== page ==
CNET First Look
The Razer Blade gaming laptopRazer's first laptop has a touchpad with a screen and customizable LED buttons--all to play games, of course.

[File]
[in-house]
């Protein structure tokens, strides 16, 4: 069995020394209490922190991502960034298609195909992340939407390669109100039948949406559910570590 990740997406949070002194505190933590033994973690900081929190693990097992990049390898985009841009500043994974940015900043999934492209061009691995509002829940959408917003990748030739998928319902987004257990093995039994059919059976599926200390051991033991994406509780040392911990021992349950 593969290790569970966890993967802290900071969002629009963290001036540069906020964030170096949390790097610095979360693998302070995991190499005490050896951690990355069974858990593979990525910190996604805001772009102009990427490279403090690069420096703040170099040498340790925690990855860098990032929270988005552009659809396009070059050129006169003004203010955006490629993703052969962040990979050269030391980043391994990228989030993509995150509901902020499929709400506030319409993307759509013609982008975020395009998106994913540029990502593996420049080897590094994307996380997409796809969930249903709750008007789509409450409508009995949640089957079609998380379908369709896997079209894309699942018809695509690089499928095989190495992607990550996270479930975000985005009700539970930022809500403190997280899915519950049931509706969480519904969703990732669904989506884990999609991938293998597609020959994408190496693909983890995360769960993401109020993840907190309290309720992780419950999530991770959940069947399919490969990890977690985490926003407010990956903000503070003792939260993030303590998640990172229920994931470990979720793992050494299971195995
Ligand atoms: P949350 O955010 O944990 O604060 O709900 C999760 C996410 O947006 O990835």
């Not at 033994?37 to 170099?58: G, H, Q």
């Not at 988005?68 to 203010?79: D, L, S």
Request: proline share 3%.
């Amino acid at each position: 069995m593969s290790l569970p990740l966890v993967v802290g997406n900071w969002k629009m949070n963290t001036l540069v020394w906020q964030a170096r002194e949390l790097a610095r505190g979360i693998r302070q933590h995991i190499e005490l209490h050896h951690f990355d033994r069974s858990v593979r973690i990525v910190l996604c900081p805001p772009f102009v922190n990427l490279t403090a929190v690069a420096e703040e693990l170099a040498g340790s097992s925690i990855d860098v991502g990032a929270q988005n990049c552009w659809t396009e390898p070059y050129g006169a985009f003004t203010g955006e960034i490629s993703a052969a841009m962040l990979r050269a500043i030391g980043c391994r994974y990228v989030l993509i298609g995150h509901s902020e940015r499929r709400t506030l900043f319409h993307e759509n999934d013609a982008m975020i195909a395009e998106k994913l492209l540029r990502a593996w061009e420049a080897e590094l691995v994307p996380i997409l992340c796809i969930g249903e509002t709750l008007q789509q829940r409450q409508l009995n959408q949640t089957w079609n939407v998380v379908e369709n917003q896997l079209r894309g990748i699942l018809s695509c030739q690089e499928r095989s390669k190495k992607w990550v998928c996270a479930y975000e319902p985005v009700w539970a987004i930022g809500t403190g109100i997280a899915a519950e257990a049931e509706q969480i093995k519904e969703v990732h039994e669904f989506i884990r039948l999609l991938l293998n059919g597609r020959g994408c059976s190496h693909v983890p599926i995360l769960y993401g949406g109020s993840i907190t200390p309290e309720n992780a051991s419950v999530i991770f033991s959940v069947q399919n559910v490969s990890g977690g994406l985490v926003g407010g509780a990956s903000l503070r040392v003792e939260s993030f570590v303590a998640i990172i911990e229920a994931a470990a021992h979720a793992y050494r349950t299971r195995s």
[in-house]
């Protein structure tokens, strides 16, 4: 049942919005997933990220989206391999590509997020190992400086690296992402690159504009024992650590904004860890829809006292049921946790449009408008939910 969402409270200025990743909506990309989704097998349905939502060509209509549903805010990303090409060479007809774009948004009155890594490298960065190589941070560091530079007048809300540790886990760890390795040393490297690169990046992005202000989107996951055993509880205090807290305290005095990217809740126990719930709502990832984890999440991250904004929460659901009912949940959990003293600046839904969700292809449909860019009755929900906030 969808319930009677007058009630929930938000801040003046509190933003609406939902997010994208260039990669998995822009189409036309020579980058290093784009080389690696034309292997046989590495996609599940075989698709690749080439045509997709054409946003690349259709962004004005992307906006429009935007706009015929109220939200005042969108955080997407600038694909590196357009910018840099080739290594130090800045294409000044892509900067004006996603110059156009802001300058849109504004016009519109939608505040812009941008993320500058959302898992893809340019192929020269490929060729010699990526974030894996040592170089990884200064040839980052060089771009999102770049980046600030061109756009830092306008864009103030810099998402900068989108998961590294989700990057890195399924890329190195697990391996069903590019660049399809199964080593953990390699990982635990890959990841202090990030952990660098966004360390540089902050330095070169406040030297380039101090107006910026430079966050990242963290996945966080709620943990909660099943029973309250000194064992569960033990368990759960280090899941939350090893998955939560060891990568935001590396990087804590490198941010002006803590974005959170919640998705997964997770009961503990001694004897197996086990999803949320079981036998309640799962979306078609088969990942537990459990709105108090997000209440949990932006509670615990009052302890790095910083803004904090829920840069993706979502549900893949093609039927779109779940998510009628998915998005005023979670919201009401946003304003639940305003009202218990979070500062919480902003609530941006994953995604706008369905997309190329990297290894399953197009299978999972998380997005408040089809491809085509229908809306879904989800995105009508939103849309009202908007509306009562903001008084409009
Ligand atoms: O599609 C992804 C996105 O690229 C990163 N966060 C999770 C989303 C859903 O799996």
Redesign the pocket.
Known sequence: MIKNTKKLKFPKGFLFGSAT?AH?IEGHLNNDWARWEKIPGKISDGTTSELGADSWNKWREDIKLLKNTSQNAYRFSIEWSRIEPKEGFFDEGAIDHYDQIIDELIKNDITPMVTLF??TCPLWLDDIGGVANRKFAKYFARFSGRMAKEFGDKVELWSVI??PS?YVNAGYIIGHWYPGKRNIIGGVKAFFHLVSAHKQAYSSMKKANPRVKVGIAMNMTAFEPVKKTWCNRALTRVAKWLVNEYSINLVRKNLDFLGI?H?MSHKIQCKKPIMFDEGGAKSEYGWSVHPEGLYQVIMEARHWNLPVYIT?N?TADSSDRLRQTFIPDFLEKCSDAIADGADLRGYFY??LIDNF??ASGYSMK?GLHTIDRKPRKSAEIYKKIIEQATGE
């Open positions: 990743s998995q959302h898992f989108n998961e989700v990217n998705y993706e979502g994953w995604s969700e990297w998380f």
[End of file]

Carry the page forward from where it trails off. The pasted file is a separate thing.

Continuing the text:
Hi. This I'm Scott Stein, Senior Editor at CNET. Now it doesn't come along so often that we'll see a gaming laptop that attempts to redesign or redefine what's going on in the world of gaming laptops, but Razer has attempted to do just that with a laptop you probably heard about, the Razer Blade and we talked about this for about a year. Now it is coming out at a price that's not cheap at all. It's $2800.00. What do you get for that? Well, this laptop is under an inch thick. It's only about 6.4 pounds and has a big 17.3 inch screen and it is oriented towards gamers. The graphics maybe a tad lesser a bus then you get on some laptops like Alienwares or you know pumped up the (Gil?) origin laptops. This is Nvidia GT 555 graphics inside and it has got a Core i7 processor, 8 gigabytes of RAM and a 256 Gigabyte SSD. Data is built in in one configuration. That's available on Razer site. Now there is no optical drive on this laptop. It's a solid state, no optical drive machine and the idea is that you're going to be connecting in the cloud with your steam and your origin downloading that way which a lot of gamers already do. The new hardware that this vrings to the table is this Switchblade UI and if you remember back a couple of CESes ago, we showed this concept device called the Switchblade that Razer had made. That was almost a gaming netbook. Had a touch screen that also work as the touch pad with a whole bunch of customize little buttons. Well that survive here and its off to the right hand side replacing where the number pad would be. Theoretically , what you can do with this is you can show anything on the second screen and use it as a touch pad, plus there are 10 buttons up here that have customizable graphics that pop up on them that can be used for anything from launching applications to being used for recording macros and also with some other functions. And not just those 10, but with the 3 fingers swipe across the screen, you can bring up many sets of 10. So, if you're playing some sort of in depth game with a lot of different transactions where you can nerd out your hearts content with recordable Macro's and all that stuff. Now certain games, maybe about 10 to 15 of them Razer says are going to be specifically designed with a certain number of buttons in mind and graphic assets that Razer is going to supply. However, you can customize your own looks for buttons and put in your own graphic assets. So that's nice that you can do that. As far as the screen goes, well right now you can pull up some apps that allow you to play Youtube videos or check Facebook or use Gmail, but other than surf, a glorified web browser on a second screen, the are really aren't any games yet that take advantage of that, which is a shame because you could easily see how that could be used especially for any sort of micro transactions system or any game that has a lot of strategy functions. It's gonna be a little bit of disconnect however if you're planning on using a trackpad and you're used to where it is. I kept reaching for this phantom trackpad over here and not finding it. It's over on this side. It's ergonomically fine to use it over here once you get used to it, but it just turned me off a little bit. Plus when it comes to ports. There are a bunch of ports on the left hand side, none on the right side. So, if you wanna plug in a mouse or something like that, you gotta funnel it over here on the left side to deal with that. $2800 is not chum change and that's a lot to invest in a concept type of device which in a lot of ways, this is and its a real gaming laptop, but you are sort of having this sacrifice a little bit for graphic robustness for in terms of a slimness of design, 6.4 pounds which is in the lighter end of gaming laptops, but its still not light compared to a regular laptop. The Switchblade UI syncs up with Synapse which is Razers cloud synching service for saving all of your customizeable macro settings. Now that idea is that you could save your settings and then plug in, they have one of this UI's in a gaming keyboard or plug in one of the other peripherals and be able to sync across devices. I'm Scott Stein and that's a first look at the Razer Blade